Law firm seeks to bring COVID disinformation broadcasters to justice – NBC 7 San Diego


Challenge vaccine misinformation – not online – but in a courtroom. A Salt Lake City-based lawyer is preparing to take legal action across the country.

More than half a million Americans have died from COVID. Lawyer Brian Rothschild said the real tragedy is the thousands of people who have died after a vaccine became available.

People like Mikel Lowe.

“It’s absolutely heartbreaking for all of us,” said Christina Lowe, a recently widowed mother of two young boys.

Lowe and her late husband Mikel, a federal firefighter and native of San Diego County, both believed – and even shared – the misinformation about vaccines. That is, until he caught COVID and died at just 38 years old.

“We honestly thought COVID was primarily political,” Lowe said. “That the mandates of vaccines were primarily political. We didn’t think it would impact our family. And here we are today, and it completely devastated my family.

A recent study from the Center for Countering Digital Hate identified 12 people responsible for generating over 65% of vaccine misinformation online, the so-called “Dozen of Misinformation.”

“It really is a very small and small group of people who are responsible for an enormous amount of damage,” says Rothschild. “These are the people who should be held accountable for this. “

Rothschild is now representing the spouses, children and parents of unvaccinated COVID victims in the soon-to-be-launched wrongful death lawsuits against Disinformation Dozen.

“My first reaction when I heard about this potential lawsuit was wow, that’s a very interesting angle,” said San Diego legal analyst Dan Eaton.

Eaton says that in order to win these lawsuits, Rothschild will have to prove that unvaccinated people have died from COVID due to negligent or intentional actions by disinformers.

“The challenge in proving this claim is to show that there is a link between driving and death,” Eaton said.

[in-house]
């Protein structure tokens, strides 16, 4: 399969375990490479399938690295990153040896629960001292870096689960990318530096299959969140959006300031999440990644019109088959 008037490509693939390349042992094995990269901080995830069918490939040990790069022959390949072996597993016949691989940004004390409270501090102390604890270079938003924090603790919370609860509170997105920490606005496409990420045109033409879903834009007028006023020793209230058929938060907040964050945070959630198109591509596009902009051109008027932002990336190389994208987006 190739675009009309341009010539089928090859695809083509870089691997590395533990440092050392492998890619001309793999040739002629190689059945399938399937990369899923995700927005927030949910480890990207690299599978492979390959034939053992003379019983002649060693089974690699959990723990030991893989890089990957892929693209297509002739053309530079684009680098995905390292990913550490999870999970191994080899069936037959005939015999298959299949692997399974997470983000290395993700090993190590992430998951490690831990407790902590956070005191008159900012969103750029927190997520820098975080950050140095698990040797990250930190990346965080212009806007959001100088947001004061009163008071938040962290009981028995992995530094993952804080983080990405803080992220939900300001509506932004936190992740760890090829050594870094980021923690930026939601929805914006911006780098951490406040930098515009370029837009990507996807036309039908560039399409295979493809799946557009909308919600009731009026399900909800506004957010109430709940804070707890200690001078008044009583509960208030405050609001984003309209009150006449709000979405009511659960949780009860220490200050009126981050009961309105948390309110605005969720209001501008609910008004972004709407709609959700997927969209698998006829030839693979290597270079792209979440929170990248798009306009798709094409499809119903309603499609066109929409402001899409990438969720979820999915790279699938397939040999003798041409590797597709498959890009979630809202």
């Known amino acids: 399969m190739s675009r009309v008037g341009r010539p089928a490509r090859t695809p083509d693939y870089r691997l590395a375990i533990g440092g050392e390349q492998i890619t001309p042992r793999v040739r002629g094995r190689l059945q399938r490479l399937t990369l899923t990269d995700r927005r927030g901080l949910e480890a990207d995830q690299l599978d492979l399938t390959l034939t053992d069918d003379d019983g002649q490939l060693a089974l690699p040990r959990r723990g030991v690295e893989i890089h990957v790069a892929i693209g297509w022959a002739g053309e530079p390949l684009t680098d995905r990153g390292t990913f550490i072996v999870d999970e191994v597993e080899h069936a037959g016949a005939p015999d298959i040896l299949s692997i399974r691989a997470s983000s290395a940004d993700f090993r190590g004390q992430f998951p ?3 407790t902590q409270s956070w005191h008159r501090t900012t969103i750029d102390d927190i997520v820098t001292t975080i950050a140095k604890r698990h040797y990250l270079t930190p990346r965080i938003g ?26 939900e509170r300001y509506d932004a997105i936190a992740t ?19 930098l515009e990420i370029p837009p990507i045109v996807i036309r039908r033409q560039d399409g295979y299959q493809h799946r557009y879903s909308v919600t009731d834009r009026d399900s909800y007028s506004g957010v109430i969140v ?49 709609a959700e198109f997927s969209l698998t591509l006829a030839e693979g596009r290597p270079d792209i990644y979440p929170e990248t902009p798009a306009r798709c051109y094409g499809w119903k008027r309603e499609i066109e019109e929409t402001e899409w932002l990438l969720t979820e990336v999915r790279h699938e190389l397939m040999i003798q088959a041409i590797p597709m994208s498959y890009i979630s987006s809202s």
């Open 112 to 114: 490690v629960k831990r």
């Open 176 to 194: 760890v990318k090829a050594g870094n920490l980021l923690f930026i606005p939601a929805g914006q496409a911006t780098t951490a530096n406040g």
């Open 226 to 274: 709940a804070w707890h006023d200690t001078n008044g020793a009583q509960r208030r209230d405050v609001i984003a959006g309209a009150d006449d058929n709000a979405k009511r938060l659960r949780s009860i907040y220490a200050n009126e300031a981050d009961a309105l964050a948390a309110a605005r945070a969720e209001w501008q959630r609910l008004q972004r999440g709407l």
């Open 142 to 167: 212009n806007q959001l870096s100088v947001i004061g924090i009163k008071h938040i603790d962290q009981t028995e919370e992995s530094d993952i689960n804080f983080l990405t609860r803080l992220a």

A challenge, he says, is made all the more delicate at a time when public health officials are still sorting out the truth.

“This is a unique type of wrongful death trial because you talk about disinformation related to a pandemic that is surrounded by long uncertainty,” Eaton said.

One thing is certain: for Rothschild, it’s personal.

“Well, for a long time I felt helpless,” Rothschild said. “I saw friends die – very close and dear friends to me – before the vaccines were available. And I felt a little helpless in the face of that. And I think a lot of us have it. does and do. But now that vaccines are generally available and people are still dying, I’m angry about it. I can’t just sit idly by and let this kind of thing go on without looking for an answer. looking for a way to reduce that kind of harm in our society. And I think it is a way.

Rothschild has said he plans to file such lawsuits in several states by the end of October.

The Communication Decency Act promulgated under the Clinton presidency largely protects social media platforms from liability for information posted on these platforms. Basically, social media platforms are not considered publishers under federal law, which means they cannot be sued.


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